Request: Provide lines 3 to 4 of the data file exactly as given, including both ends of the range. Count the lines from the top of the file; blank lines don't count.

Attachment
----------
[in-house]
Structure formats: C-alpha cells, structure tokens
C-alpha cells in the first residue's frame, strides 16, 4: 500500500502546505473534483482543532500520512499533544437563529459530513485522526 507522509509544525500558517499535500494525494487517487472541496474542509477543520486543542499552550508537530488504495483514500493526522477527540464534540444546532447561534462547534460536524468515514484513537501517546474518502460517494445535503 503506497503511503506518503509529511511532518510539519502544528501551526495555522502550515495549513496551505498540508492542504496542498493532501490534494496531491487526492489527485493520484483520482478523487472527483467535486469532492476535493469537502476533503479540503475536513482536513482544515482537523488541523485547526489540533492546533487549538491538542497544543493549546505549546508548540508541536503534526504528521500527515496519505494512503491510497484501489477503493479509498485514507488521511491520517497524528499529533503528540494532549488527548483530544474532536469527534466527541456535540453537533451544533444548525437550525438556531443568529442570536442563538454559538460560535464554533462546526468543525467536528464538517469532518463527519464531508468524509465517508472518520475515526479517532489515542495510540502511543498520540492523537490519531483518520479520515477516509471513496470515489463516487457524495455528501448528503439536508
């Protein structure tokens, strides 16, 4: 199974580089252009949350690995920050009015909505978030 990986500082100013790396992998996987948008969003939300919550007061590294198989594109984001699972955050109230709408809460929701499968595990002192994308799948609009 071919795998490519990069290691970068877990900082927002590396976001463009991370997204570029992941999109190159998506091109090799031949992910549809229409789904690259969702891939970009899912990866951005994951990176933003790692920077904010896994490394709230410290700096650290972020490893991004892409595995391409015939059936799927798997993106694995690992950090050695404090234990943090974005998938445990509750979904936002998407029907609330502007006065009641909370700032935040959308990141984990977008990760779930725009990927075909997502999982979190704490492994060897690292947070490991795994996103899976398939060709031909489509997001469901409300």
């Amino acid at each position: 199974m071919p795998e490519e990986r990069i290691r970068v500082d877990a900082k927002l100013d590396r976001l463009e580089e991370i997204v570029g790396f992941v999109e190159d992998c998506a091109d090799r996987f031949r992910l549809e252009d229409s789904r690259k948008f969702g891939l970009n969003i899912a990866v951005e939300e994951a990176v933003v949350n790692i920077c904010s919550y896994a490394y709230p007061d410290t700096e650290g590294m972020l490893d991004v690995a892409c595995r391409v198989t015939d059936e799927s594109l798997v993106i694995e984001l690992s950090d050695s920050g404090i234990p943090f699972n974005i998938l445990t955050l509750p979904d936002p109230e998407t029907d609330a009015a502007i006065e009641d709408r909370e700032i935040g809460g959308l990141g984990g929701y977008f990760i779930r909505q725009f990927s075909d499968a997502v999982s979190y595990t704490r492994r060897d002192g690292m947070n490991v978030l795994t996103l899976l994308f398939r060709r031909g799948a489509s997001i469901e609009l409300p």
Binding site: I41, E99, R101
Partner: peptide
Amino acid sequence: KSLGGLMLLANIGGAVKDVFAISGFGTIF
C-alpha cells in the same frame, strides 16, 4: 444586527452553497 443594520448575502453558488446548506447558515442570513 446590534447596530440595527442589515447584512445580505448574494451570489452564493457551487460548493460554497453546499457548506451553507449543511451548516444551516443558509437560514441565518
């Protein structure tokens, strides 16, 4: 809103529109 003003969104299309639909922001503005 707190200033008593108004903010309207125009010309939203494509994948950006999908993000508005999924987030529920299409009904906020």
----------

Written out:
C-alpha cells in the first residue's frame, strides 16, 4: 500500500502546505473534483482543532500520512499533544437563529459530513485522526 507522509509544525500558517499535500494525494487517487472541496474542509477543520486543542499552550508537530488504495483514500493526522477527540464534540444546532447561534462547534460536524468515514484513537501517546474518502460517494445535503 503506497503511503506518503509529511511532518510539519502544528501551526495555522502550515495549513496551505498540508492542504496542498493532501490534494496531491487526492489527485493520484483520482478523487472527483467535486469532492476535493469537502476533503479540503475536513482536513482544515482537523488541523485547526489540533492546533487549538491538542497544543493549546505549546508548540508541536503534526504528521500527515496519505494512503491510497484501489477503493479509498485514507488521511491520517497524528499529533503528540494532549488527548483530544474532536469527534466527541456535540453537533451544533444548525437550525438556531443568529442570536442563538454559538460560535464554533462546526468543525467536528464538517469532518463527519464531508468524509465517508472518520475515526479517532489515542495510540502511543498520540492523537490519531483518520479520515477516509471513496470515489463516487457524495455528501448528503439536508
């Protein structure tokens, strides 16, 4: 199974580089252009949350690995920050009015909505978030 990986500082100013790396992998996987948008969003939300919550007061590294198989594109984001699972955050109230709408809460929701499968595990002192994308799948609009 071919795998490519990069290691970068877990900082927002590396976001463009991370997204570029992941999109190159998506091109090799031949992910549809229409789904690259969702891939970009899912990866951005994951990176933003790692920077904010896994490394709230410290700096650290972020490893991004892409595995391409015939059936799927798997993106694995690992950090050695404090234990943090974005998938445990509750979904936002998407029907609330502007006065009641909370700032935040959308990141984990977008990760779930725009990927075909997502999982979190704490492994060897690292947070490991795994996103899976398939060709031909489509997001469901409300």